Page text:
Saturday, September 28, 2013

Factory Design Pattern Example

Factory Design Pattern: The factory method pattern is an object-oriented creational design pattern. Factory Pattern deals with the problem of creating objects without specifying the class of object that will be created. 

Creating an object often requires complex processes, which is not appropriate to include within a composing object. The object's creation may lead to a significant code duplication and may not provide a sufficient level of abstraction. In an application if object creation code is spread in whole application, and if you need to change the process of object creation then you need to go in each and every place to make necessary changes.

Factory design pattern handles these problems by defining a separate method for creating the objects.
In simple words, if we have a super class and many sub-classes, and based on data provided, we need to return the object of one of the sub-classes, then we use a factory pattern.

This pattern introduces loose coupling between classes which is the most important principle one should consider and apply while designing the application. Loose coupling can be introduced by using abstract entities rather than concrete implementations.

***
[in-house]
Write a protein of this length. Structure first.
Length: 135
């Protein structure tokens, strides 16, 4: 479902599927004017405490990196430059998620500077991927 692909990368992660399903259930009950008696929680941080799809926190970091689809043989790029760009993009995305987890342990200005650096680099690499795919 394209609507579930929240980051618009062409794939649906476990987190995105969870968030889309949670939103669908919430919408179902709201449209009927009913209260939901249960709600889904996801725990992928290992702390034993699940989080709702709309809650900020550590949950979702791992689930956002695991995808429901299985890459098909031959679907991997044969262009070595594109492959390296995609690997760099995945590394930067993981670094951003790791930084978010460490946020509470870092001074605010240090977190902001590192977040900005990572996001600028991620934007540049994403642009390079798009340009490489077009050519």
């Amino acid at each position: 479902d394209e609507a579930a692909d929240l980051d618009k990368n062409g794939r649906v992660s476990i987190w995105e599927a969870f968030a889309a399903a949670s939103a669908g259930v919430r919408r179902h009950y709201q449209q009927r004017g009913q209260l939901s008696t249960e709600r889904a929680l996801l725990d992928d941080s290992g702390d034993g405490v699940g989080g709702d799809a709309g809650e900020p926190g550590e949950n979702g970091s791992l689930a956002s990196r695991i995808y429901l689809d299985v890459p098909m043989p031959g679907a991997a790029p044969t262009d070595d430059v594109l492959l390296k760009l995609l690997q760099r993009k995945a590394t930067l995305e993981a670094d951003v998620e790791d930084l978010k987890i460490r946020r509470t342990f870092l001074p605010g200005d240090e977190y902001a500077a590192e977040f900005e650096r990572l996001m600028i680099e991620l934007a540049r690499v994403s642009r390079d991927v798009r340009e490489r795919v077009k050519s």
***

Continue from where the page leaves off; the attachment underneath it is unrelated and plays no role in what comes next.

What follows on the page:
When to use: The Factory patterns can be used in following cases:
1. When a class does not know which class of objects it must create.
2. A class specifies its sub-classes to specify which objects to create.
3. At run time you need to create an object based on input parameter...

Monday, September 23, 2013

Strategy Design Pattern Example

Strategy Design Pattern: Strategy pattern defines family of algorithms which are encapsulated and are interchangeable at run time depending on a factor that requires a particular algorithm to be executed. Strategy pattern encourages open-close design principle where a class is open for extension but closed for modification.

It is a suitable replacement for a if-else or switch-case statements or complex conditional logic within a method. It also leads to more testable code, especially when coupled with IOC.

When to use: Let us assume that you are a Telecom service provider and you provide prepaid recharge facility to the customer. Depending on the recharge amount you would like to provide free SMS and free Talk time offer.

The Telecom service system can have a TelecomOperator class. On each recharge this class has to determine different offer depending on the recharge amount....